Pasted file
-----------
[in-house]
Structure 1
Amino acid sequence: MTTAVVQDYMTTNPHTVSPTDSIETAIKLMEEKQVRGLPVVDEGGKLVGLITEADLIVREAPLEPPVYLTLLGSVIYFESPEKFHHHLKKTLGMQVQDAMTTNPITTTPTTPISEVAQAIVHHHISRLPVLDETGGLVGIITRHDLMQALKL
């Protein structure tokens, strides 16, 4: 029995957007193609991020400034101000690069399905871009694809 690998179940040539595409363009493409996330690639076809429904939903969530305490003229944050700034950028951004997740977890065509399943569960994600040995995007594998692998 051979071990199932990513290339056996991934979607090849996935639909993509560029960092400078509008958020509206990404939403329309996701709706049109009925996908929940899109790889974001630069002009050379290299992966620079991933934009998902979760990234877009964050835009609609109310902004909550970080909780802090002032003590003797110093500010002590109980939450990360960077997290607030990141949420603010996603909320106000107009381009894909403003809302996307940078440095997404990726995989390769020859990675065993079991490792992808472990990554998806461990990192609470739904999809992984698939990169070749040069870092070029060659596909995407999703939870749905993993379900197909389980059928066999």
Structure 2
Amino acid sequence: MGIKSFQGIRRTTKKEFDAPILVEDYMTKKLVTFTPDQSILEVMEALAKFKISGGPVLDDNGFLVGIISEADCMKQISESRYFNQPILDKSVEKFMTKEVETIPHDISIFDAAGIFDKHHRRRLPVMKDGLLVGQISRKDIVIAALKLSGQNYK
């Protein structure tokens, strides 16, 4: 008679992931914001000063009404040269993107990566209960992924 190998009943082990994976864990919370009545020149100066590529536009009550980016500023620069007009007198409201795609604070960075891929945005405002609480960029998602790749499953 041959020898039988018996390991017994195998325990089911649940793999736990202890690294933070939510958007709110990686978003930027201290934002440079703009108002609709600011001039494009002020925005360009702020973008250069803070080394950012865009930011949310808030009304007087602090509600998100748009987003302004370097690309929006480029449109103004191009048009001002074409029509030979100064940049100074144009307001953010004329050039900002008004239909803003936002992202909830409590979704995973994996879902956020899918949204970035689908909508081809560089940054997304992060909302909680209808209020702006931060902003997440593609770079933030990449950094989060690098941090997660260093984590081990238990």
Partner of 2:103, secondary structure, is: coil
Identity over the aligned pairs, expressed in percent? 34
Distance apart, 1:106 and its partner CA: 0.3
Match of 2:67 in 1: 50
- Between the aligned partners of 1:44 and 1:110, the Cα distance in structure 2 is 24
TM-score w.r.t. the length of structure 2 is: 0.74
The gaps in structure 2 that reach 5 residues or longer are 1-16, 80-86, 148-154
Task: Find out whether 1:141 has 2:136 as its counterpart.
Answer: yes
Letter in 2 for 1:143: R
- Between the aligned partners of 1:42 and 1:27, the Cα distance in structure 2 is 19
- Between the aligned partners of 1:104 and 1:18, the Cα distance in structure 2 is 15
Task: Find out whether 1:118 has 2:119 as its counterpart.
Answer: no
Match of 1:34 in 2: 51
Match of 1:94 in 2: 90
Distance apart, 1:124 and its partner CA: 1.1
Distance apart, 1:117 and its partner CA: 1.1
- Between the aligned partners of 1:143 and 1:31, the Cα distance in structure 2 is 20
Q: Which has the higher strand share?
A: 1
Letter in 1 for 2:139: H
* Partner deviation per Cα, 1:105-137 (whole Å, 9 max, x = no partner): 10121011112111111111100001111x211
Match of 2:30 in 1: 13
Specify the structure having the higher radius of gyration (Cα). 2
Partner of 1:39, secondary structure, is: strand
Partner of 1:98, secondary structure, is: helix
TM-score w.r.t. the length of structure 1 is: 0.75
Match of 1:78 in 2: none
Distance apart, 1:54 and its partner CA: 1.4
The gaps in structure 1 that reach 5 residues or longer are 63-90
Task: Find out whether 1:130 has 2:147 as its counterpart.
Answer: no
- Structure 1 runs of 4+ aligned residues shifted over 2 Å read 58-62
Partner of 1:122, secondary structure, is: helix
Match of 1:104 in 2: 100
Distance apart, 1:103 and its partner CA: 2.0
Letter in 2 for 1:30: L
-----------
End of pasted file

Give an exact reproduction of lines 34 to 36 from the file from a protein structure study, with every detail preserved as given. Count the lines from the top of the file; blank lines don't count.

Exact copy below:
Partner of 1:98, secondary structure, is: helix
TM-score w.r.t. the length of structure 1 is: 0.75
Match of 1:78 in 2: none